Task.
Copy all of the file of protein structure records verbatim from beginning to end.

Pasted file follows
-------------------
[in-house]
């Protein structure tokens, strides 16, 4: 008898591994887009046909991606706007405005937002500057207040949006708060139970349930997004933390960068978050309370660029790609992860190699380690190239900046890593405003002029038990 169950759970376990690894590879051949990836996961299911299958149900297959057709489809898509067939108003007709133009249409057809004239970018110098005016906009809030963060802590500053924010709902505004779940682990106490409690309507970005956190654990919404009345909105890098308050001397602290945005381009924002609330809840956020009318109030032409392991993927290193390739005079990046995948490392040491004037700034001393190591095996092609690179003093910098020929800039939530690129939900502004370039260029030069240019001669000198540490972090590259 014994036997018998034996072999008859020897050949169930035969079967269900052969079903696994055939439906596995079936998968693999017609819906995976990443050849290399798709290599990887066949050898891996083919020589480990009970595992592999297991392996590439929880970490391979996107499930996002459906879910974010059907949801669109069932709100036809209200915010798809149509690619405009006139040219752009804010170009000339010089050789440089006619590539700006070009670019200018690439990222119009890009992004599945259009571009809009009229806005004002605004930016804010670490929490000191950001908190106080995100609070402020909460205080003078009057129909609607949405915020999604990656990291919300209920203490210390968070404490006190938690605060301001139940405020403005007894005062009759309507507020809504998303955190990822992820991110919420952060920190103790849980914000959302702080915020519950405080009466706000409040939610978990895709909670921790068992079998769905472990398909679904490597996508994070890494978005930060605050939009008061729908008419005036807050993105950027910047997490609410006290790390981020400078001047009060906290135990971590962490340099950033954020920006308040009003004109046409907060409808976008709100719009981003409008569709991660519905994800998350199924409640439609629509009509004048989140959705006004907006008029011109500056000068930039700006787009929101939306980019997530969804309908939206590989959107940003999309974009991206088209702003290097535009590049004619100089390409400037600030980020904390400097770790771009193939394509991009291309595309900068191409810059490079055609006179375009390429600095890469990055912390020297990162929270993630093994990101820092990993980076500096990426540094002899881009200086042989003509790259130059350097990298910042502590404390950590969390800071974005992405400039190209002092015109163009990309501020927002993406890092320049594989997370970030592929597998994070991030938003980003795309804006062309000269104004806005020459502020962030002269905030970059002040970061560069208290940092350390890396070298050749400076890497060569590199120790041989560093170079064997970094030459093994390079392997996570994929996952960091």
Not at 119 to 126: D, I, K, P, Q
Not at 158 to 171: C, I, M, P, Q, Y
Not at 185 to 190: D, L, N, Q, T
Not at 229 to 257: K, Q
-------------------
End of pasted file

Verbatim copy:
[in-house]
């Protein structure tokens, strides 16, 4: 008898591994887009046909991606706007405005937002500057207040949006708060139970349930997004933390960068978050309370660029790609992860190699380690190239900046890593405003002029038990 169950759970376990690894590879051949990836996961299911299958149900297959057709489809898509067939108003007709133009249409057809004239970018110098005016906009809030963060802590500053924010709902505004779940682990106490409690309507970005956190654990919404009345909105890098308050001397602290945005381009924002609330809840956020009318109030032409392991993927290193390739005079990046995948490392040491004037700034001393190591095996092609690179003093910098020929800039939530690129939900502004370039260029030069240019001669000198540490972090590259 014994036997018998034996072999008859020897050949169930035969079967269900052969079903696994055939439906596995079936998968693999017609819906995976990443050849290399798709290599990887066949050898891996083919020589480990009970595992592999297991392996590439929880970490391979996107499930996002459906879910974010059907949801669109069932709100036809209200915010798809149509690619405009006139040219752009804010170009000339010089050789440089006619590539700006070009670019200018690439990222119009890009992004599945259009571009809009009229806005004002605004930016804010670490929490000191950001908190106080995100609070402020909460205080003078009057129909609607949405915020999604990656990291919300209920203490210390968070404490006190938690605060301001139940405020403005007894005062009759309507507020809504998303955190990822992820991110919420952060920190103790849980914000959302702080915020519950405080009466706000409040939610978990895709909670921790068992079998769905472990398909679904490597996508994070890494978005930060605050939009008061729908008419005036807050993105950027910047997490609410006290790390981020400078001047009060906290135990971590962490340099950033954020920006308040009003004109046409907060409808976008709100719009981003409008569709991660519905994800998350199924409640439609629509009509004048989140959705006004907006008029011109500056000068930039700006787009929101939306980019997530969804309908939206590989959107940003999309974009991206088209702003290097535009590049004619100089390409400037600030980020904390400097770790771009193939394509991009291309595309900068191409810059490079055609006179375009390429600095890469990055912390020297990162929270993630093994990101820092990993980076500096990426540094002899881009200086042989003509790259130059350097990298910042502590404390950590969390800071974005992405400039190209002092015109163009990309501020927002993406890092320049594989997370970030592929597998994070991030938003980003795309804006062309000269104004806005020459502020962030002269905030970059002040970061560069208290940092350390890396070298050749400076890497060569590199120790041989560093170079064997970094030459093994390079392997996570994929996952960091």
Not at 119 to 126: D, I, K, P, Q
Not at 158 to 171: C, I, M, P, Q, Y
Not at 185 to 190: D, L, N, Q, T
Not at 229 to 257: K, Q